Bourbon virus was discovered in 2014 and named for Bourbon County, Kansas, where it was first identified, and it is a rare infection.
Symptoms include fever, fatigue, rash, headache, other body aches, nausea, and vomiting. The rash may be very similar to the rash of RMSF. Some patients also experience lower counts of white blood cells that fight infection and help prevent bleeding.
Antibiotics are not effective against viruses — including Bourbon virus, so doctors can only treat the symptoms. Some patients may need to be hospitalized and given intravenous fluids and treatment for pain and fever.
Heartland virus is also an uncommon tick borne infection. Symptoms are often similar to other tick borne illness. It can take up to two weeks for symptoms to appear after an infected tick bite.
Most people infected with Heartland virus experience fever, fatigue, decreased appetite, headache, nausea, diarrhea, and muscle or joint pain. Many are hospitalized because of their symptoms.
As with the Bourbon virus, antibiotics are not effective against the Heartland virus. Doctors can only treat the symptoms. Some patients may need to be hospitalized and given intravenous fluids and treatment for pain and fever.
Dr. Bailey cautions, “See your healthcare provider if you become ill after having been bitten by a tick or having been in the woods or in areas with high brush where ticks commonly live. Because there are so many tick borne illnesses, it is important to be seen and treated by your physician. Do not try to self-diagnose – time is critical to prevent severe and long-term complications – including death.”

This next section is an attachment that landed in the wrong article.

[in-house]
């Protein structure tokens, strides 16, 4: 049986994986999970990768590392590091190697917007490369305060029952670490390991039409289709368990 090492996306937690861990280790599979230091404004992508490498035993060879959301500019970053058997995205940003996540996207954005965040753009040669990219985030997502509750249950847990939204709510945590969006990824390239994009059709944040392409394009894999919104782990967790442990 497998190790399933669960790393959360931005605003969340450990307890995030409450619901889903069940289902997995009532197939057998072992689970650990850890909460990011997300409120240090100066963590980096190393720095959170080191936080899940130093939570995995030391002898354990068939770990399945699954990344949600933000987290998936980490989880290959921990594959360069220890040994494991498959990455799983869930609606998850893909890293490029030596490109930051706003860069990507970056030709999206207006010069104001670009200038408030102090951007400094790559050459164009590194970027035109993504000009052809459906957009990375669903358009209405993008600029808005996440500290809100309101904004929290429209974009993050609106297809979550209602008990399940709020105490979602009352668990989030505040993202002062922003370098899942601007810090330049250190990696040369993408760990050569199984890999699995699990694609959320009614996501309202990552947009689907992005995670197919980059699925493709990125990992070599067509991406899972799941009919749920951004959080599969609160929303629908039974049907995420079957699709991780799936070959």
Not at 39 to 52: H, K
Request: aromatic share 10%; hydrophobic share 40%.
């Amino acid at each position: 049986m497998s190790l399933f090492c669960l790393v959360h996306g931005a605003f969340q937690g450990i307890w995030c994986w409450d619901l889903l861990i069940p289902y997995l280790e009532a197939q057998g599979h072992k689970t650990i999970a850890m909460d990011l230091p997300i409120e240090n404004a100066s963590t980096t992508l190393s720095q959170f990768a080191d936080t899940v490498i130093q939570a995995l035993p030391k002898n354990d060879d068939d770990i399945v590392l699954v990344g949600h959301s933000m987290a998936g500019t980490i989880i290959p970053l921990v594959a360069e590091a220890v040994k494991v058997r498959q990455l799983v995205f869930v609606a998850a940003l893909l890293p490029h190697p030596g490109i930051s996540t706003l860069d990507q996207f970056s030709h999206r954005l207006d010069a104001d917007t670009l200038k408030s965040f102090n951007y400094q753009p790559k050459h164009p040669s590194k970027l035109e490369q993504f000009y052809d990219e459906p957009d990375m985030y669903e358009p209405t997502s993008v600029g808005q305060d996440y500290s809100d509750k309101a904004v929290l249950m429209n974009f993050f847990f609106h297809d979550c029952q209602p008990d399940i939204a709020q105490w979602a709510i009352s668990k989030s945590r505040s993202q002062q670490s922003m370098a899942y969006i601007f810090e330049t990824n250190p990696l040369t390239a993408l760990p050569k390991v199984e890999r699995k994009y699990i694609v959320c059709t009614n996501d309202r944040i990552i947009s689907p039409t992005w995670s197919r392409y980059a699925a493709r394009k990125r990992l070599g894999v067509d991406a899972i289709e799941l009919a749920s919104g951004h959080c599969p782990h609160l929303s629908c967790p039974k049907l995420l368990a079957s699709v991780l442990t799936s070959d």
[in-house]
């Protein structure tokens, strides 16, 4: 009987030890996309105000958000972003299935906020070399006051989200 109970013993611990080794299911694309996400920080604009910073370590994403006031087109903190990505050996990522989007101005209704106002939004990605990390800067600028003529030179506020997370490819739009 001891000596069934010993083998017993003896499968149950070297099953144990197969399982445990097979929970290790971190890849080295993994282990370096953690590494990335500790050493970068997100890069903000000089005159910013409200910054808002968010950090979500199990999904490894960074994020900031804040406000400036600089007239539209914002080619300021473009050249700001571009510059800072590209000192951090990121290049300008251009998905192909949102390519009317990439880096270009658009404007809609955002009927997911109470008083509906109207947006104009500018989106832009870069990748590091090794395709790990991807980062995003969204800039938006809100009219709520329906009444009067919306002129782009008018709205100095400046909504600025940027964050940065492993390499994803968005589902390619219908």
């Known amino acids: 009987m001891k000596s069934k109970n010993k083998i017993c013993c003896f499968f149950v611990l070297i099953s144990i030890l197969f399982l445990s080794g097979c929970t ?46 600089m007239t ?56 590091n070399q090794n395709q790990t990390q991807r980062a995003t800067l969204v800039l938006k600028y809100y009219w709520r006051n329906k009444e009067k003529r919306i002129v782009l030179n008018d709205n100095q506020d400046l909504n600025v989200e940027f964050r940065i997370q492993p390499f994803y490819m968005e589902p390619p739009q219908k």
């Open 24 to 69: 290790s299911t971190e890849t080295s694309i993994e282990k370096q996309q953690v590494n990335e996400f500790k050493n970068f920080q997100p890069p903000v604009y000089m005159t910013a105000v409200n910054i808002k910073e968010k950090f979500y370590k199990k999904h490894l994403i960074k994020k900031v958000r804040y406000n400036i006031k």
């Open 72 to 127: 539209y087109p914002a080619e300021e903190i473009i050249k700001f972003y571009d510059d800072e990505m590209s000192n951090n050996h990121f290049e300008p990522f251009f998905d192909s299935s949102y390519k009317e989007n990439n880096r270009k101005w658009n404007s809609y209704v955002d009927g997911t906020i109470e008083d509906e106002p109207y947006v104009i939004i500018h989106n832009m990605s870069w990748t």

Ticks live in wooded areas, low-lying grasslands and yards. It is important to check yourself immediately for ticks after a day in these areas – and have someone else check those parts of your body you can’t easily see, such as your back. Dogs and cats may also bring ticks indoors if they have been outside.
Ticks can’t bite through clothing, so prevention begins with how you and your family dress. When outdoor activities take you into grassy or wooded areas, everyone should wear:
- Long-sleeved shirts tucked into pants
- Socks with closed-toe shoes
- Long pants tucked into socks
- Light-colored clothing (so ticks can easily be seen)
If possible, always walk on cleared paths and pavement through wooded areas. Showering helps remove unattached ticks, so be sure to shower after all outdoor activities. It may take up to four to six hours for ticks to attach firmly to the skin.
Insect repellents that contain DEET do help, but are not 100% effective. Treating clothing with a product that contains permethrin, which is known to kill ticks on contact is also a deterrent. DO NOT use permethrin directly on the skin.
For more information, or to make an appointment with one of our Washington University infectious disease specialists, please call 314-747-1206. Physician referral may be required.
Patients are seen at:
Taylor Avenue Building
620 South Taylor, Suite 200
St. Louis, MO 63110
Originally published: August 18, 2021
Updated: April 3, 2023